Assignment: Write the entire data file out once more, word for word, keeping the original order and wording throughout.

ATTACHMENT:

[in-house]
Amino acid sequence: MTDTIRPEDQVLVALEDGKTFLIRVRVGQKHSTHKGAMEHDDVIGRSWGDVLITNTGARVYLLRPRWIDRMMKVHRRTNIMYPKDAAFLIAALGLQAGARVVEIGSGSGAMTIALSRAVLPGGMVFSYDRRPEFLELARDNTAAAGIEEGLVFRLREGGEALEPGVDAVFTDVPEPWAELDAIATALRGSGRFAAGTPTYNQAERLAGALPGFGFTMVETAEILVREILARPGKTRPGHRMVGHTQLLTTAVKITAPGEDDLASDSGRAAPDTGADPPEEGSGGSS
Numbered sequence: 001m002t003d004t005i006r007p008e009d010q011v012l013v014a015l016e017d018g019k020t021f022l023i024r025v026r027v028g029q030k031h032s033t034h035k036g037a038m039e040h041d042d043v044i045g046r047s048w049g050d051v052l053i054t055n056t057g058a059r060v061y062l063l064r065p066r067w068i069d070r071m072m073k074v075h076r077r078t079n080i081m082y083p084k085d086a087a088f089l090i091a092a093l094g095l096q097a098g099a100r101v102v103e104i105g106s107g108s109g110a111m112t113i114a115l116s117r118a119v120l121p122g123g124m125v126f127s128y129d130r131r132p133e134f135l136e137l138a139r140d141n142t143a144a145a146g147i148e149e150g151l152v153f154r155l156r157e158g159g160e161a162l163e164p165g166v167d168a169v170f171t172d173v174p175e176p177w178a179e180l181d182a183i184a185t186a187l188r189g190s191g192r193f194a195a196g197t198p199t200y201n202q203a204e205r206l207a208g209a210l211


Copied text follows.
[in-house]
Amino acid sequence: MTDTIRPEDQVLVALEDGKTFLIRVRVGQKHSTHKGAMEHDDVIGRSWGDVLITNTGARVYLLRPRWIDRMMKVHRRTNIMYPKDAAFLIAALGLQAGARVVEIGSGSGAMTIALSRAVLPGGMVFSYDRRPEFLELARDNTAAAGIEEGLVFRLREGGEALEPGVDAVFTDVPEPWAELDAIATALRGSGRFAAGTPTYNQAERLAGALPGFGFTMVETAEILVREILARPGKTRPGHRMVGHTQLLTTAVKITAPGEDDLASDSGRAAPDTGADPPEEGSGGSS
Numbered sequence: 001m002t003d004t005i006r007p008e009d010q011v012l013v014a015l016e017d018g019k020t021f022l023i024r025v026r027v028g029q030k031h032s033t034h035k036g037a038m039e040h041d042d043v044i045g046r047s048w049g050d051v052l053i054t055n056t057g058a059r060v061y062l063l064r065p066r067w068i069d070r071m072m073k074v075h076r077r078t079n080i081m082y083p084k085d086a087a088f089l090i091a092a093l094g095l096q097a098g099a100r101v102v103e104i105g106s107g108s109g110a111m112t113i114a115l116s117r118a119v120l121p122g123g124m125v126f127s128y129d130r131r132p133e134f135l136e137l138a139r140d141n142t143a144a145a146g147i148e149e150g151l152v153f154r155l156r157e158g159g160e161a162l163e164p165g166v167d168a169v170f171t172d173v174p175e176p177w178a179e180l181d182a183i184a185t186a187l188r189g190s191g192r193f194a195a196g197t198p199t200y201n202q203a204e205r206l207a208g209a210l211